They were ready to go as soon as I arrived so I grabbed my camera, flash, and bounce. Ben took off ahead of me and his mother Luann, who had me jump a golf cart with her to drive me to the location not far from their home.
"I don't usually use this," she said, her comment a display of Midwestern modesty. It's a display that always makes me feel at ease, though it wasn't hard to feel at ease around Luann. She's one of those women that exudes an effortless warmth, a true Midwestern mom with whom conversation is always natural and today we had a lot to talk about. Her daughter was moving to California, I was moving to New York, my younger sisters and her son were only a year away from graduating high school, which was why I was there; to take her son's senior portraits.
"I just love this barn," she said as we pulled up to the location of the shoot. She had an eye. The barn was beautifully crafted, and silo was the jewel of this backdrop. I got Ben into position and began snapping photos while Luann and I continued to catch up, both of us interrupting conversation with "smile" or "turn this way" or "that's great."
I'm always a little hesitant to have parents, namely mothers along for Senior Portraits. It can be... awkward. But Ben didn't seem to mind having her there, which was good because he didn't seem to have a choice. To her credit Luann was very in tune with the delicate nature of her being involved in this situation, and to help, once in awhile she would declare, "I'm not looking!" as I snapped photos.
With the barn shots out of the way, Luann and I hopped back in the golf cart with Ben on foot as we ventured to the next in a series of locations. First was creek-side, for some formal shots, then to an old abandoned car for some casual poses with everyday t-shirts, and on to the football field for sports shots where Luann went from "I'm not looking!" to "Throw me the ball!" After the sports shots we all went back to the house so that Ben could change for the last round of photos. Luann and I were nearly caught up, and our conversation drifted to the inevitable, of how quickly time flies and how in less than a year, Luann and my mom would see the last of their kids off to college. "What was my mother going to do?" she asked me. I laughed and told her I didn't know. "Well," she said, "I don't know what I'm going to do either."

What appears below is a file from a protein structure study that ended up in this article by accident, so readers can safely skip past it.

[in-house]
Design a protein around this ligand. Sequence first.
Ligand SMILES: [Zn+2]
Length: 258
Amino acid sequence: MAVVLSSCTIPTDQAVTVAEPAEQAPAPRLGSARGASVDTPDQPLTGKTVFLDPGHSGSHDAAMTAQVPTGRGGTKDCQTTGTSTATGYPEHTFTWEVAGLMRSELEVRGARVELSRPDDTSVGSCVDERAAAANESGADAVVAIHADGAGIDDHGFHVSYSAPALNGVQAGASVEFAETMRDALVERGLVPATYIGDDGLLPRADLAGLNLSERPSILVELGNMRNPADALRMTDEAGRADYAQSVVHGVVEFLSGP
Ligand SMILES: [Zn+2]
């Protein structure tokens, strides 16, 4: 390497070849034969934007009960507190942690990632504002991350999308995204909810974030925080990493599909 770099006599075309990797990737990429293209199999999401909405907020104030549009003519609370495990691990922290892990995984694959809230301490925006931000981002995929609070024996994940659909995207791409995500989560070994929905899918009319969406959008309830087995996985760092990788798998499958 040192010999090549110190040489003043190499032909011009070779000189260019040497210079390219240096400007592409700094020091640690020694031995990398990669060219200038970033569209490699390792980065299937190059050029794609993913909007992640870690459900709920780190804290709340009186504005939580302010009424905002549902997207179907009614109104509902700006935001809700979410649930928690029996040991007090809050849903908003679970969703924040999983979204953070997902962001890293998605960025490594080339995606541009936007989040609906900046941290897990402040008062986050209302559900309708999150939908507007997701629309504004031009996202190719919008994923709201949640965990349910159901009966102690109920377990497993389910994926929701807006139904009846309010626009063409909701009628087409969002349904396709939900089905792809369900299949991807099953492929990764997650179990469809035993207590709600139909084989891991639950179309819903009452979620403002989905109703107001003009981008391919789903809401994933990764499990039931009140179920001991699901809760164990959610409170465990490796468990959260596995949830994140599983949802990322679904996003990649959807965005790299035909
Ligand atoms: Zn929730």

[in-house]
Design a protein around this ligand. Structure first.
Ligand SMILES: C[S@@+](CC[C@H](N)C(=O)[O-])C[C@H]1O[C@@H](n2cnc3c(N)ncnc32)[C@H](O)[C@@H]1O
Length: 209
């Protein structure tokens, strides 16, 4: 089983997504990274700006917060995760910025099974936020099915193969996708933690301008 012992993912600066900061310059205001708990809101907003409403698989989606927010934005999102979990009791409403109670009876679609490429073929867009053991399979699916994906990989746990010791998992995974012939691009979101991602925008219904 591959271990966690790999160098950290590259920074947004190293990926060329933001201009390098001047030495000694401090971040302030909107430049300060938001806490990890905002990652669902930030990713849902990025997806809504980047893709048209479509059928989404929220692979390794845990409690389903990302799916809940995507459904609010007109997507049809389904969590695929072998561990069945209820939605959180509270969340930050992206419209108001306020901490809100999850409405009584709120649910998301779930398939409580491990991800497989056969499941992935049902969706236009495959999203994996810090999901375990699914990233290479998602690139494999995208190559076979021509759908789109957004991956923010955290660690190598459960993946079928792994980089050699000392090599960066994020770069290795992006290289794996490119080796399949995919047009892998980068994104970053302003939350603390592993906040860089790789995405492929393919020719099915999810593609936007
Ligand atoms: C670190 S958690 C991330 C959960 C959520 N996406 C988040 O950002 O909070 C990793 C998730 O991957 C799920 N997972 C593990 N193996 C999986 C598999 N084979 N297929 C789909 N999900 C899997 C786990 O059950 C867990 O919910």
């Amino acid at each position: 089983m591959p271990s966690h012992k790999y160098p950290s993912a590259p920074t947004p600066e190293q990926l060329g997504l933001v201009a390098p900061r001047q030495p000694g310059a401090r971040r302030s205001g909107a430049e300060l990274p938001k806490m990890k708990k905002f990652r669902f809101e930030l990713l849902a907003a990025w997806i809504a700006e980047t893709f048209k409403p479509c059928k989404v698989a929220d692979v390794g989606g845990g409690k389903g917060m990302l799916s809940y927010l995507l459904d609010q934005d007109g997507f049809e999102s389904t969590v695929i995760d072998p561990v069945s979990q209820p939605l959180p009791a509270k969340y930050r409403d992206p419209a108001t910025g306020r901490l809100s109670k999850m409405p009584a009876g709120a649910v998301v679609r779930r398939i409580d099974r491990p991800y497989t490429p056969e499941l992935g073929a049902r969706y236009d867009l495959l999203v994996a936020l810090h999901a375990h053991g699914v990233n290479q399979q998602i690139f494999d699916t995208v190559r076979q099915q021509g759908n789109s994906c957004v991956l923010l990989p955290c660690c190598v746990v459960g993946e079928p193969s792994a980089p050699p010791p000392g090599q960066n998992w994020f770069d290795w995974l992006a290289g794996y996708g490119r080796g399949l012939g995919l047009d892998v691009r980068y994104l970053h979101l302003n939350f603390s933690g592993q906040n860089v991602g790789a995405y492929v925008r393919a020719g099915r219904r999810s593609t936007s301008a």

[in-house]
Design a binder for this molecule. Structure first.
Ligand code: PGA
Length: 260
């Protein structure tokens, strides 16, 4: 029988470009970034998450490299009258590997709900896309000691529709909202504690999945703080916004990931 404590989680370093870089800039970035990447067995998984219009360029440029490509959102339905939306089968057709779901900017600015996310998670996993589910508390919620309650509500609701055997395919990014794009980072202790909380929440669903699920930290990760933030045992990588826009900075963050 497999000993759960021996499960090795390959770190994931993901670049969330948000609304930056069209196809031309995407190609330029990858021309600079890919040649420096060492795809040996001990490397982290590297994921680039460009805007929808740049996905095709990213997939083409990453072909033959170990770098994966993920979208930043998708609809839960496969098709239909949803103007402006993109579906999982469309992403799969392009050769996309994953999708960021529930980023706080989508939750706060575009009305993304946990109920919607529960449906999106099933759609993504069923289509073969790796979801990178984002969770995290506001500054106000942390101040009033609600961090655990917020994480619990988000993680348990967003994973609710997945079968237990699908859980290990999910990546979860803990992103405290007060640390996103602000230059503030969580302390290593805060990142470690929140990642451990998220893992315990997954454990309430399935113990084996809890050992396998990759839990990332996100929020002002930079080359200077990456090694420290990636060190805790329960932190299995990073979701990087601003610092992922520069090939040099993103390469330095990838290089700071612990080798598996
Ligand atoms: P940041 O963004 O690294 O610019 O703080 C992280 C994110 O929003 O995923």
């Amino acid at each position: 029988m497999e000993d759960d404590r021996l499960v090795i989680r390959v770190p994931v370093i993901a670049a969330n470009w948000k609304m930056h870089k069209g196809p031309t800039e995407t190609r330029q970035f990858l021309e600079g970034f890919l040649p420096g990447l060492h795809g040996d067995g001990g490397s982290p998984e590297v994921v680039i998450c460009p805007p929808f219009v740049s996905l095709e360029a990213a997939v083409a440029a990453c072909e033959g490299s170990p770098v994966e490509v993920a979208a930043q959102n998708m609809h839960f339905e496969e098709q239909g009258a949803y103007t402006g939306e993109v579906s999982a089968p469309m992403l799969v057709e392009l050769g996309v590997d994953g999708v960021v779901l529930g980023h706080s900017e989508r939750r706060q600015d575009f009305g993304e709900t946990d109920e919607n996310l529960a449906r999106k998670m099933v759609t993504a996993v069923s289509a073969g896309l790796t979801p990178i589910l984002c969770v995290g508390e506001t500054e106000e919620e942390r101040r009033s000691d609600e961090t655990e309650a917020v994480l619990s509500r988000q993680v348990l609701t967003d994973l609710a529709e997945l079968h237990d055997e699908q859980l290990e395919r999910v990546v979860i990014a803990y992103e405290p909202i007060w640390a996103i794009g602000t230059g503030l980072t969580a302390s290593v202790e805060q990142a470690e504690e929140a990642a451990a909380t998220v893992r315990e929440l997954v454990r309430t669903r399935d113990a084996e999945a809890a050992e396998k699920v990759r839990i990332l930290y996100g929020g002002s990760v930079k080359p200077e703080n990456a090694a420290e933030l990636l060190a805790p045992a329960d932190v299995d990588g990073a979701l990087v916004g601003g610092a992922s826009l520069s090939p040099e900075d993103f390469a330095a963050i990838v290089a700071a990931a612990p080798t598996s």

Then Luann lowered her voice and half whispered, "I really want to get a picture of Ben playing his guitar. He plays in his room and doesn't really show anyone but he's SO good. I really want a picture of him with it. I hope he'll let you take one, but we'll see." I told her I would do what I could to help make this happen as Ben came upstairs, unaware of our plan. Ben and I left the house and I snapped shots of him in the foreground of some beautiful birch trees that stood at the edge of their woods. When we finished and got back in the house, Luann was there waiting for us.
"Okay, go get your guitar," she said. Ben threw her a look. "C'mon, please, these are just for me. No one's gonna see them." Ben looked at me. I promised him that they would indeed be just for his mother's viewing and that I wouldn't post them on Facebook or my site. Luann pleaded. Ben sighed and went downstairs to get his guitar. Luann looked at me, she was beaming.
The goal with any portrait is to capture the essence of a person, to show with one photo who they are. It's a nearly impossible goal, especially when the subject is at a point in their life when they are starting to form into someone different than the person everyone has always known them to be. Luann made sure we got photos of Ben in all of his forms, as the Midwestern teen on a farm, as the handsome guy by the creek, as the high school football star. But, on his parents' porch in the late afternoon light, playing the guitar he usually kept to himself, Luann gave me the opportunity to capture Ben in the form that was most important to her: as her little boy.
I know I'm breaking my promise to Ben, but I wanted to share one of his mother's favorite photos from that day in remembrance of her. Luann was an amazing woman, mother and friend, and she will be deeply missed by all. - hk